/What Wen’s Firing Reveals About Planned Parenthood

What Wen’s Firing Reveals About Planned Parenthood

Leana Wen

Nicholas Hunt/Getty Images

opinion

July 17, 2019

Rich Lowry is editor of National Review and a contributing editor with Politico Magazine.

Poor Leana Wen. She took Planned Parenthood’s propaganda a little too seriously. And now she’s out of a job.

For the longest time, Planned Parenthood has insisted that it’s a health care organization and it only cares about abortion—supposedly a tiny share of its business—insofar as it’s a function of health care.

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Whenever Republicans have threatened Planned Parenthood’s funding over abortion, the response was, Abortion? Don’t be silly. We are all about Pap tests and breast exams.

The hiring of Wen as president seemed the natural extension of this line of argument. How serious is Planned Parenthood about health care? For the first time in a half a century it had a physician, with ”Dr.” in front of her name, one who was once the health commissioner of Baltimore, leading the organization.

BuzzFeed wrote a mostly favorable piece on Wen’s ascension eight months ago headlined, awkwardly in order to honor the trope that abortion is health care, “Planned Parenthood’s New President Wants to Focus on Nonabortion Health Care.”

The first sign of trouble should have been that Wen felt compelled to immediately tweet that the headline misconstrued her vision. “Our core mission,” she wrote, presumably under internal pressure, “is providing, protecting and expanding access to abortion and reproductive health care.”

But Wen, it turns out, wasn’t single-mindedly devoted to abortion enough. With her ouster, Planned Parenthood’s mask, never very firmly in place to begin with, has slipped. No matter its political spin during fights over its funding, no matter what its glossy printed materials say, no matter how dishonestly it presents the statistics related to its services, the organization is about abortion first and last, now and forever.

In a letter tweeted after her firing, Wen cited “philosophical differences” with the leadership of the board. Namely, she had come to Planned Parenthood “to run a national health care organization.” The board wanted “to double down on abortion rights advocacy.”

It’s truly extraordinary to have this breach out in the open, given how vested Planned Parenthood has been in its image as a mere health care provider. When Barack Obama became the first—and one hopes, the last—president to address a Planned Parenthood conference in 2013, he talked almost entirely about health care. In fact, he didn’t mention the word “abortion” once.

Planned Parenthood always says abortion is only 3 percent of its services, an absurd factoid designed to mislead. Providing pregnancy tests and performing abortions are both Planned Parenthood services, although one is obviously much more consequential and central to its mission than the other.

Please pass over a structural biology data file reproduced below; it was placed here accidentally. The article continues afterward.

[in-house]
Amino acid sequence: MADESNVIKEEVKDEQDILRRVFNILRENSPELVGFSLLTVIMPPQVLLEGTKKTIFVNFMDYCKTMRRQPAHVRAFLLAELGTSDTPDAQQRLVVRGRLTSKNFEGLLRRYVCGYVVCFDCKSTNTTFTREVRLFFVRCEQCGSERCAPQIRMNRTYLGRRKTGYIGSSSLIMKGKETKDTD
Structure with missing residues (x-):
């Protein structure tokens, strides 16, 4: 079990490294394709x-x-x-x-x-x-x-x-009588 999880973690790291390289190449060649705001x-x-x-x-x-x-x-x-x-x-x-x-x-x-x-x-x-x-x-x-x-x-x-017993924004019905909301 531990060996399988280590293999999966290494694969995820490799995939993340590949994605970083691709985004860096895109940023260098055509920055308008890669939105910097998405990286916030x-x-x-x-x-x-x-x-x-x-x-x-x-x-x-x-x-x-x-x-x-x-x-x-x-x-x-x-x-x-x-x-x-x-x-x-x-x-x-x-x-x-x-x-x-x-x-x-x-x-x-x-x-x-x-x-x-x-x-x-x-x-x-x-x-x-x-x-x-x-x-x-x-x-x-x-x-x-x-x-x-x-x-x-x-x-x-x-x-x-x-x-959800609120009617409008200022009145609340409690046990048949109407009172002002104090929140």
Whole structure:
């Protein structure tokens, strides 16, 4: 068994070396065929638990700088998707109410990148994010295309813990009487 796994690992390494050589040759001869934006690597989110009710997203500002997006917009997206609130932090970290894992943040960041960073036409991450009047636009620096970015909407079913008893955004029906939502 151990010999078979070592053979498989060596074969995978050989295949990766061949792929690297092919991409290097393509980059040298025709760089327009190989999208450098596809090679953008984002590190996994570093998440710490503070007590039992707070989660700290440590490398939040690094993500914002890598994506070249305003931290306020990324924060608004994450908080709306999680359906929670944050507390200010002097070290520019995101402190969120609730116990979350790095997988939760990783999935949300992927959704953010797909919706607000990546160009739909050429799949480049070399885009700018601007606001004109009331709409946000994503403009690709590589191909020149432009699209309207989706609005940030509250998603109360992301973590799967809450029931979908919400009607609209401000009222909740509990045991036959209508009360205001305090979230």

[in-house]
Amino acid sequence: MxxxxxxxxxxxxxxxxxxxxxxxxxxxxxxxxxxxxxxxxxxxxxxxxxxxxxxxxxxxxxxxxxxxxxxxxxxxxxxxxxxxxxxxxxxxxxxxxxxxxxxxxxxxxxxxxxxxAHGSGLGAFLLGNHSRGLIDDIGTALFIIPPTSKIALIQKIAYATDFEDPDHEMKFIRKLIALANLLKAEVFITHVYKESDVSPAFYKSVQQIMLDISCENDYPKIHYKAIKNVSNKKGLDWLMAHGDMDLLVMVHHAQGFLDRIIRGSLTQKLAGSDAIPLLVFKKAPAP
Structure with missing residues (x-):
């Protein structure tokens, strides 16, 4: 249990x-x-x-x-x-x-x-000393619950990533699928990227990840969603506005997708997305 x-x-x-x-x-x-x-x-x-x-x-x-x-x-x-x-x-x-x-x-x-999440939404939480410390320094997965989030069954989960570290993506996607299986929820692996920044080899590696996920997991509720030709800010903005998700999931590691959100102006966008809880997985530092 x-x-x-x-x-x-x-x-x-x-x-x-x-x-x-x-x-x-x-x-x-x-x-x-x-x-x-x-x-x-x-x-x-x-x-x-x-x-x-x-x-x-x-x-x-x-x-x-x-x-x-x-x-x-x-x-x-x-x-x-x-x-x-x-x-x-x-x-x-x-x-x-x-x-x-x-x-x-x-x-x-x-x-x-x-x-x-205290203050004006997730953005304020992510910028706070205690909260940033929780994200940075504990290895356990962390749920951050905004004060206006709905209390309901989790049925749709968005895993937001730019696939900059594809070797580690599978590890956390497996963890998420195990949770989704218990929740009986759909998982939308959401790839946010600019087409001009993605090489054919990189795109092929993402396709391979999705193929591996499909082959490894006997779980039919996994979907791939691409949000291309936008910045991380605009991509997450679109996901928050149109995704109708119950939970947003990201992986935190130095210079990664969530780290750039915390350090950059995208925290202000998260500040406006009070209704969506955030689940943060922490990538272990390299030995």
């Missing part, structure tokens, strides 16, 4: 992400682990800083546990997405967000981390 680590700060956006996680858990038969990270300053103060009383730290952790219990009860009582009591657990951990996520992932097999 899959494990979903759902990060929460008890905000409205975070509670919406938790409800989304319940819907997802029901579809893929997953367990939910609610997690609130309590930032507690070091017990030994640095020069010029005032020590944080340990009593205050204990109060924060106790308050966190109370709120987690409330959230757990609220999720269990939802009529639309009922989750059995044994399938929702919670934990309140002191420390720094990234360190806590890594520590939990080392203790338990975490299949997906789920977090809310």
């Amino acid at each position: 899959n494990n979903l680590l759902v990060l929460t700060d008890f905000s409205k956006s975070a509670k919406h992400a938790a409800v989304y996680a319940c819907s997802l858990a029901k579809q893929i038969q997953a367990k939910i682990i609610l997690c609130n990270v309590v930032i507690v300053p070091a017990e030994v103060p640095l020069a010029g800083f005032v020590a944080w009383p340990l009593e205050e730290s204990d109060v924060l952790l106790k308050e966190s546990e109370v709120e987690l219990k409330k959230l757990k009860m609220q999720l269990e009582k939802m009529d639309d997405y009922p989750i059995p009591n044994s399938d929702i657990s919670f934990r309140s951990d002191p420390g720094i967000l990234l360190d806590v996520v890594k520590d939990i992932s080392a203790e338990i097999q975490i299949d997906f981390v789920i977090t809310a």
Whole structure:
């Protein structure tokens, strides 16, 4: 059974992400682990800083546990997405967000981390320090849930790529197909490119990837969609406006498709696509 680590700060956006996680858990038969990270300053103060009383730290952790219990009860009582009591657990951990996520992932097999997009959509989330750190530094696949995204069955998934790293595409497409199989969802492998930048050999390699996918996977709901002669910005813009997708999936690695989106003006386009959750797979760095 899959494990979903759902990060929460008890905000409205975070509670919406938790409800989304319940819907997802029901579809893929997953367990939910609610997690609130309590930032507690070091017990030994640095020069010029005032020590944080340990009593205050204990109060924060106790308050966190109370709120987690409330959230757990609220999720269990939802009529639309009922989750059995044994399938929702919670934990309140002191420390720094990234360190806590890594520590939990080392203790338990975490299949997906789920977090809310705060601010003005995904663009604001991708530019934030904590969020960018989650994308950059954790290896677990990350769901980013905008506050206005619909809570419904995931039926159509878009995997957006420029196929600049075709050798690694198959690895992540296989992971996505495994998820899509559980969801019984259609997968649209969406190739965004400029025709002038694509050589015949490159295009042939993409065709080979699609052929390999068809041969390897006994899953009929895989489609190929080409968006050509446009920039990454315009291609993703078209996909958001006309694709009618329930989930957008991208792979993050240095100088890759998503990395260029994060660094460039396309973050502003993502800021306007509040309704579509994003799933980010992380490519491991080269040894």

The more telling way to look at it is that Planned Parenthood performs roughly a third of all abortions in the country, about 330,000 a year, according to its annual report.

If performing a significant share of the country’s abortions were merely incidental to its mission, it would gladly give it up. If you told any other federally funded group that it might have to forswear a small sliver of its business to continue to get public dollars, it wouldn’t be a difficult choice. Or, if Walmart had to decide between, say, selling Bounty paper towels and everything else on its shelves, it wouldn’t be a close call.

The internal complaint about Wen was that she was too concerned with what is, if we take Planned Parenthood’s spurious accounting seriously, 97 percent of its business. So what’s wrong with that? If Planned Parenthood is all about health care, it should minimize abortion, indeed get out of the abortion business entirely, given how few abortions are medically necessary and what a controversial, enervating distraction it is.

This logic might apply if Planned Parenthood weren’t Planned Parenthood. Among Wen’s offenses, according to BuzzFeed, were that she didn’t like including the word “sexual” in the phrase “sexual and reproductive health,” and wanted to avoid saying the word “abortion” outright, instead opting for the softer phrase “abortion care” or other euphemisms.

The context of her ouster is the continued pressure on Planned Parenthood from the Trump administration and in Republican states, which, if nothing else, is smoking Planned Parenthood out. The firing of Wen, coupled with the decision to forgo Title X funding rather than stop providing abortion referrals in keeping with a new Trump administration rule, makes it obvious what the group’s priority truly is, if there were any doubt.

An interim president has been named and the implicit guideline for filing the permanent role will surely be: No doctors need apply.

Rich Lowry is editor of National Review.

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